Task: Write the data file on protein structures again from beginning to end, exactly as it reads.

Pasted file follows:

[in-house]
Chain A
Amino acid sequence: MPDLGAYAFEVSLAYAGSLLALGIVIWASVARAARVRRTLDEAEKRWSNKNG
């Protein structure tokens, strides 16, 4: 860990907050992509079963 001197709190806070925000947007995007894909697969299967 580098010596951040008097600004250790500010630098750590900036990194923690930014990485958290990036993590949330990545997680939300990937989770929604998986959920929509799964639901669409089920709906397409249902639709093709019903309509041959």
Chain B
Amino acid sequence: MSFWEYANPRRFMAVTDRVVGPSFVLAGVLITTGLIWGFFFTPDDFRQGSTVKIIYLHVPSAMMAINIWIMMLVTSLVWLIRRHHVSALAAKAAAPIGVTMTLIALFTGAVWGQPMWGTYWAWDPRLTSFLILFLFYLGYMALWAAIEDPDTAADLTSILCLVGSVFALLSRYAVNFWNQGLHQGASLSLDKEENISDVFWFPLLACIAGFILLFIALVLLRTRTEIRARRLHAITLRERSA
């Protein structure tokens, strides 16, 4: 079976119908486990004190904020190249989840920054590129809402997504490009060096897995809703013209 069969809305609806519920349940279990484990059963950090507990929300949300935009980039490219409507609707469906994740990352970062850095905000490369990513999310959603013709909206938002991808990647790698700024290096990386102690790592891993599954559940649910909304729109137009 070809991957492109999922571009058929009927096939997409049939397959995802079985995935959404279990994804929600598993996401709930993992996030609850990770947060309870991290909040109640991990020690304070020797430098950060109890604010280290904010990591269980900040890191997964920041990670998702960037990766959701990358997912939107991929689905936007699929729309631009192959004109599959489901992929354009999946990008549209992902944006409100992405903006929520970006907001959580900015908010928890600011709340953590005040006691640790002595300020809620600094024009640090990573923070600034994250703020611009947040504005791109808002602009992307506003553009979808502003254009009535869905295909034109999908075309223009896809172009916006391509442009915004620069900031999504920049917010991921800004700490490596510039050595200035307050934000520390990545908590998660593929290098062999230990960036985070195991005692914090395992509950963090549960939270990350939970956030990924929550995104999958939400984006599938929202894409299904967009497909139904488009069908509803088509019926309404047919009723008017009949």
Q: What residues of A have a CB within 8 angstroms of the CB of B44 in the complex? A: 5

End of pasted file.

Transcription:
[in-house]
Chain A
Amino acid sequence: MPDLGAYAFEVSLAYAGSLLALGIVIWASVARAARVRRTLDEAEKRWSNKNG
């Protein structure tokens, strides 16, 4: 860990907050992509079963 001197709190806070925000947007995007894909697969299967 580098010596951040008097600004250790500010630098750590900036990194923690930014990485958290990036993590949330990545997680939300990937989770929604998986959920929509799964639901669409089920709906397409249902639709093709019903309509041959």
Chain B
Amino acid sequence: MSFWEYANPRRFMAVTDRVVGPSFVLAGVLITTGLIWGFFFTPDDFRQGSTVKIIYLHVPSAMMAINIWIMMLVTSLVWLIRRHHVSALAAKAAAPIGVTMTLIALFTGAVWGQPMWGTYWAWDPRLTSFLILFLFYLGYMALWAAIEDPDTAADLTSILCLVGSVFALLSRYAVNFWNQGLHQGASLSLDKEENISDVFWFPLLACIAGFILLFIALVLLRTRTEIRARRLHAITLRERSA
């Protein structure tokens, strides 16, 4: 079976119908486990004190904020190249989840920054590129809402997504490009060096897995809703013209 069969809305609806519920349940279990484990059963950090507990929300949300935009980039490219409507609707469906994740990352970062850095905000490369990513999310959603013709909206938002991808990647790698700024290096990386102690790592891993599954559940649910909304729109137009 070809991957492109999922571009058929009927096939997409049939397959995802079985995935959404279990994804929600598993996401709930993992996030609850990770947060309870991290909040109640991990020690304070020797430098950060109890604010280290904010990591269980900040890191997964920041990670998702960037990766959701990358997912939107991929689905936007699929729309631009192959004109599959489901992929354009999946990008549209992902944006409100992405903006929520970006907001959580900015908010928890600011709340953590005040006691640790002595300020809620600094024009640090990573923070600034994250703020611009947040504005791109808002602009992307506003553009979808502003254009009535869905295909034109999908075309223009896809172009916006391509442009915004620069900031999504920049917010991921800004700490490596510039050595200035307050934000520390990545908590998660593929290098062999230990960036985070195991005692914090395992509950963090549960939270990350939970956030990924929550995104999958939400984006599938929202894409299904967009497909139904488009069908509803088509019926309404047919009723008017009949």
Q: What residues of A have a CB within 8 angstroms of the CB of B44 in the complex? A: 5